“Don’t move or I’ll slit yer throat,” Caleb said, pressing his blade harder against the wanted-man’s throat.
Nathan grabbed two coils of rope from Caleb’s satchel and tied Bowie’s hands together and then his feet. He stared down at the giant whose handsome features had suddenly softened, and for a moment, Nathan saw what lived inside Bowie—fear and hope.
His gaze sought Nathan’s. “I’m innocent,” he said in a low voice.
Every wanted-man who Nathan had tracked down all made the same claim. “That is for ye and Laird Cumming to work out. My part in this is done.” Nathan turned to the other two members of his band of thief-takers. “Bring him to the sheriff and give him this,” he said, handing over the sealed orders to William, an older man of few words with a long gray beard and only one eye.
After William tucked the square of parchment into his sporran, Nathan shifted his gaze to Thomas, who, at just ten and six, was the newest and youngest member of their gang. “After he is secured, then ride north to Cumming territory. But remember, do not tell the laird where Bowie is being held until he has paid in full.”
“Aye,” Thomas replied, eagerly nodding his flaxen head. “We will accept payment. Then we’ll ride to the next village and hire a messenger to tell the laird where he can find his prize.”
Nathan nodded in approval. “Be careful. Trust no one.”
When Thomas and William had seized Bowie by the arms and began dragging him out into the street, Nathan turned to Caleb. “I’m ready for another ale.”
Caleb frowned. “My guess is that ye’ve had too many cups as it is.”
Nathan flashed a smile, clamping his hand on Caleb’s shoulder. “As usual, my friend, ye’ve guessed wrong.”
Caleb sat down across from him and raked a hand through his long, dark hair. “Ye should have waited.”
Nathan waved his hand to show his lack of concern. “I did what I had to. I wasn’t going to risk losing a purse like what Laird Cumming is willing to pay for Bowie.”
“No amount of coin is worth dying for. Anyway, we’ve amassed enough wealth to live like kings for the rest of our days.” Caleb set his sword on the table, and moved to sit down, but then his eyes flashed wide. “Do ye have some kind of death wish? Ye didn’t even have yer sword,” he said accusingly, picking up Nathan’s blade where he had left it on the bench. “I thought that he disarmed ye.”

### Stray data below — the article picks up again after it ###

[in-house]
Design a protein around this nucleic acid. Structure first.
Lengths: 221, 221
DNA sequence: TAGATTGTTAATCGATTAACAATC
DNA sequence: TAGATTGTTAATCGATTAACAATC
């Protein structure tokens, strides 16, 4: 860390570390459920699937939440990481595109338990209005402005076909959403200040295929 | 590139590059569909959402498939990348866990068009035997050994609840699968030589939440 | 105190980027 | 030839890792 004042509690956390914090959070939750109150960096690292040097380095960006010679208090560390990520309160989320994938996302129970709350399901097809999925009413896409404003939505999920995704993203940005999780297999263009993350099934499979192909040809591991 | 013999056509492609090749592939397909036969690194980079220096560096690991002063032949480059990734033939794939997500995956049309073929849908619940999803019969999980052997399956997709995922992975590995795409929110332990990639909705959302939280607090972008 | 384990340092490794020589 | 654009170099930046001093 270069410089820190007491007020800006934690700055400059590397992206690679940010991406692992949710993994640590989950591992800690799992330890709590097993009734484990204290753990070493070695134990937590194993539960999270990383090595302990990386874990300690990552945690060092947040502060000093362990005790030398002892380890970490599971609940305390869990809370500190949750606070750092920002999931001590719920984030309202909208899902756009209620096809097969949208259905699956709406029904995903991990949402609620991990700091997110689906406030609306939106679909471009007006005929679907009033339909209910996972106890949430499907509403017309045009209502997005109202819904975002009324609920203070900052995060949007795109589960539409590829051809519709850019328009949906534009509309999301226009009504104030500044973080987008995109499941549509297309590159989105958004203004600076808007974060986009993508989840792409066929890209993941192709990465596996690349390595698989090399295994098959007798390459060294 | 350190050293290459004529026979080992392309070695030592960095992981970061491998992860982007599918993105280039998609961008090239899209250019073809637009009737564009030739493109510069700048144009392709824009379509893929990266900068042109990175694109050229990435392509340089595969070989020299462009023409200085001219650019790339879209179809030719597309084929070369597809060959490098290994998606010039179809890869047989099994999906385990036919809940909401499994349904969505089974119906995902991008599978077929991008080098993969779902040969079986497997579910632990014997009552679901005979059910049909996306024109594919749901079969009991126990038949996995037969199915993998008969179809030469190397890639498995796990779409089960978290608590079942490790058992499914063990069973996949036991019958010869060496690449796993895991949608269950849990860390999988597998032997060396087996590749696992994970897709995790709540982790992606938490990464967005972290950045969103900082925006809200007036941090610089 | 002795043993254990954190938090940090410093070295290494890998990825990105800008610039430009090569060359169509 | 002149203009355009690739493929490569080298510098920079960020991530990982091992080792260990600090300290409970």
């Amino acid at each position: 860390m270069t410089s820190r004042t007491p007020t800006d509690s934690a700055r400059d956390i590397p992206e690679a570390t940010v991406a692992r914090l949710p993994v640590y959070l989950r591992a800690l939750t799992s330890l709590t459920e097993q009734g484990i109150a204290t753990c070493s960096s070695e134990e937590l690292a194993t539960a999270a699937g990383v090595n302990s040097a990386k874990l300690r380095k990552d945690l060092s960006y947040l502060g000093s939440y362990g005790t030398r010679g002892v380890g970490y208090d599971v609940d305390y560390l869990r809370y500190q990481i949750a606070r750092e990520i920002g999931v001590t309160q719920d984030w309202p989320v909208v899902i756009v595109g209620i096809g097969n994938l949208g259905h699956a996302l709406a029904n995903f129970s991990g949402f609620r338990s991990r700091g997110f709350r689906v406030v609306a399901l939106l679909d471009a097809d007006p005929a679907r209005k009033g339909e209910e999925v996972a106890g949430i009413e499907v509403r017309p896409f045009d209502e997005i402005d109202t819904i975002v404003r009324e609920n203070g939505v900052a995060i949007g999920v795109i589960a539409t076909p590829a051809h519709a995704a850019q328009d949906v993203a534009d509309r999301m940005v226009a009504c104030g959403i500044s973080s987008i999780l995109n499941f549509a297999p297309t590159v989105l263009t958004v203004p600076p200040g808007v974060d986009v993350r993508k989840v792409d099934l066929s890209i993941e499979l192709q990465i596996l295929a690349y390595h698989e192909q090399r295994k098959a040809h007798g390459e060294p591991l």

Nathan felt a soft body press against his. He shifted in his seat and met warm eyes. The serving wench had returned, but this time, she brought two other lasses with her. “I was handling him,” Nathan said absently as he allowed the women to settle on the benches. Straightaway, two nestled next to him and the other turned her attention to Caleb.
Caleb shook his head, seemingly unaware of the pretty dark-eyed lass nuzzling up close to him. “Ye may not care whether ye live or die, but some of us would prefer that ye lived.”
“What are ye going on about? Ye worry too much,” Nathan said before taking a long draught of ale. Then he raised his tankard. “Come, let us celebrate.”
Caleb lifted his shoulders. “But what are we to celebrate? Yer near demise.”
Nathan scoffed. “I had him bested.”
“Ye take too many risks. When will it be enough?”
Nathan shrugged. “Only fools are satisfied,” he drawled before downing the last of his ale.
Then he felt the pull of someone’s gaze. He looked across the room and once again locked eyes with the lady who had arrived just before Bowie. Instantly, she shifted her gaze away from his, her attention now, at least in appearance, on the other corner of the room. But the slight pinking of her cheeks made him believe she was embarrassed for having been caught staring at him. The sight of her hair shimmering in the candlelight and the haughty angle of her chin renewed his interest.
Everything about her bespoke of restraint, from her straight back, to her hands folded demurely in her lap, to her expressionless beauty. He continued to stare at her profile, wondering, once again, who she was and why a lady would come into The Devil’s Bridge dressed as a commoner.
Then, to his surprise, she slowly shifted her gaze back to his, but this time, she did not look away. Her keen eyes and temptingly full lips were framed by a perfect oval face. He raised his tankard in greeting, but the maid on his left noticed the direction of his attention and cupped his cheek to redirect his gaze at her.
“I will do anything for ye, Nathan. Whatever yer heart desires.”
Not to be outdone, the maid on his right boldly stroked her hand under his plaid. “As will I.”
He kissed each woman in turn, slowly, tenderly. Then he leaned his head back against the wall and closed his eyes, inviting the numbness of drink to dull his thoughts while the distraction of the nameless, faceless women with roaming hands and soft lips made him forget it all—the highborn beauty in the corner, the look of innocent hope in Bowie’s gaze, the truth of Caleb’s warning, and the demons that never gave his soul reprieve.
Elora’s heart had pounded while she watched the two men fight, believing for certain that the man who had attacked the giant was going to meet a quick death. After all, not only was he significantly smaller but he had also been unarmed.
She gazed over at the thief-taker who had returned to his table in the corner opposite her own. His appearance was striking. He had black hair, compelling deep-set eyes, and a strong jaw shadowed by rakish stubble. She watched as one of the serving maids leaned over the table seductively while setting another ale in front of him. His generous lips curved, lifting on one side in a sexy sideways smile that, to her own surprise, made Elora’s breath catch.